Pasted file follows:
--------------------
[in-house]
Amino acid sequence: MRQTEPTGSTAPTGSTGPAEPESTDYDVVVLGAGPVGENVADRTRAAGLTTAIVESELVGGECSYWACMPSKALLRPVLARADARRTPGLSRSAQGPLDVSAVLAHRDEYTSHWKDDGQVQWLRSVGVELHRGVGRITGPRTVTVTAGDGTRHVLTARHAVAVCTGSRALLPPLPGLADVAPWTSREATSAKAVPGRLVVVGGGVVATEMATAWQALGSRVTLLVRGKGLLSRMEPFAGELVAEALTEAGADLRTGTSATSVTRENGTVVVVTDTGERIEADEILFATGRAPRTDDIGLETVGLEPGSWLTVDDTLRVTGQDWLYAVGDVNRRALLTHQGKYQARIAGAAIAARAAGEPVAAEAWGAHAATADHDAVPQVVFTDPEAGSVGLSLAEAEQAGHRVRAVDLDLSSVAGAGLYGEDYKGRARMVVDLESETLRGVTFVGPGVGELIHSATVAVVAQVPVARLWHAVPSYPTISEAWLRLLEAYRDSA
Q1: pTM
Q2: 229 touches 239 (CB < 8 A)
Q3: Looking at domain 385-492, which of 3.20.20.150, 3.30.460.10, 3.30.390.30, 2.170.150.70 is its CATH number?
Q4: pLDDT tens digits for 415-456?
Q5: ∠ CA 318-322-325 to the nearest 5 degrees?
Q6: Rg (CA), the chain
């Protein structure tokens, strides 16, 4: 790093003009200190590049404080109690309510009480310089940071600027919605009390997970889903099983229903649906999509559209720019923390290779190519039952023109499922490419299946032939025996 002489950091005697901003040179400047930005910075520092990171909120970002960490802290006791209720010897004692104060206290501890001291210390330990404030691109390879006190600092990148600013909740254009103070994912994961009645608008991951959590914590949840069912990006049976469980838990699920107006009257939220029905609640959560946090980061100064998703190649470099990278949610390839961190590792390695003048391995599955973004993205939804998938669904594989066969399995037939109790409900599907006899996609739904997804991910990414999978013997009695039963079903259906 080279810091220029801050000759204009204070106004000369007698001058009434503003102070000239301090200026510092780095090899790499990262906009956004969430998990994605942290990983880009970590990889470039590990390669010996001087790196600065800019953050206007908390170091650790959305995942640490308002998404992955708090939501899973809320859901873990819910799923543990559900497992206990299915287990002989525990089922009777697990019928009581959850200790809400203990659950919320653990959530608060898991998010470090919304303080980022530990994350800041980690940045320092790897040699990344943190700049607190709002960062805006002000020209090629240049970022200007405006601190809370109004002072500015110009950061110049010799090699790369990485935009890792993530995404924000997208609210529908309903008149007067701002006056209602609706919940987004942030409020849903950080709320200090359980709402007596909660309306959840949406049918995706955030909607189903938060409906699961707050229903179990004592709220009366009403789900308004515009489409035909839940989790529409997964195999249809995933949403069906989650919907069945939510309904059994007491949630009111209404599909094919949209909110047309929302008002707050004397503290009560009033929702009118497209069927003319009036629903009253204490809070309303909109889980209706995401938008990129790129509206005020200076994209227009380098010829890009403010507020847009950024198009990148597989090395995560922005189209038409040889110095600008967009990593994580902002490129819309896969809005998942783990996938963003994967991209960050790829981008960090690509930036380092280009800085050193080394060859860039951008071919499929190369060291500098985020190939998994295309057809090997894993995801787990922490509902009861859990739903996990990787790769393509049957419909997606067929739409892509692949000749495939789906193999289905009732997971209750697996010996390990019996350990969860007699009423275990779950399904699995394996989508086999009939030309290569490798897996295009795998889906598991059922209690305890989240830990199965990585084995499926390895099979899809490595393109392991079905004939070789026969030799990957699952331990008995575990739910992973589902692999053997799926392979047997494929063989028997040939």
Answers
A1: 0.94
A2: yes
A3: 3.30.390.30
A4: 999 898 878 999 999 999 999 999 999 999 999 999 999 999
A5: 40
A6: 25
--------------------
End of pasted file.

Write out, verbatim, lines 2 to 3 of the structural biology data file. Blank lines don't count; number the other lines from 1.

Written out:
Amino acid sequence: MRQTEPTGSTAPTGSTGPAEPESTDYDVVVLGAGPVGENVADRTRAAGLTTAIVESELVGGECSYWACMPSKALLRPVLARADARRTPGLSRSAQGPLDVSAVLAHRDEYTSHWKDDGQVQWLRSVGVELHRGVGRITGPRTVTVTAGDGTRHVLTARHAVAVCTGSRALLPPLPGLADVAPWTSREATSAKAVPGRLVVVGGGVVATEMATAWQALGSRVTLLVRGKGLLSRMEPFAGELVAEALTEAGADLRTGTSATSVTRENGTVVVVTDTGERIEADEILFATGRAPRTDDIGLETVGLEPGSWLTVDDTLRVTGQDWLYAVGDVNRRALLTHQGKYQARIAGAAIAARAAGEPVAAEAWGAHAATADHDAVPQVVFTDPEAGSVGLSLAEAEQAGHRVRAVDLDLSSVAGAGLYGEDYKGRARMVVDLESETLRGVTFVGPGVGELIHSATVAVVAQVPVARLWHAVPSYPTISEAWLRLLEAYRDSA
Q1: pTM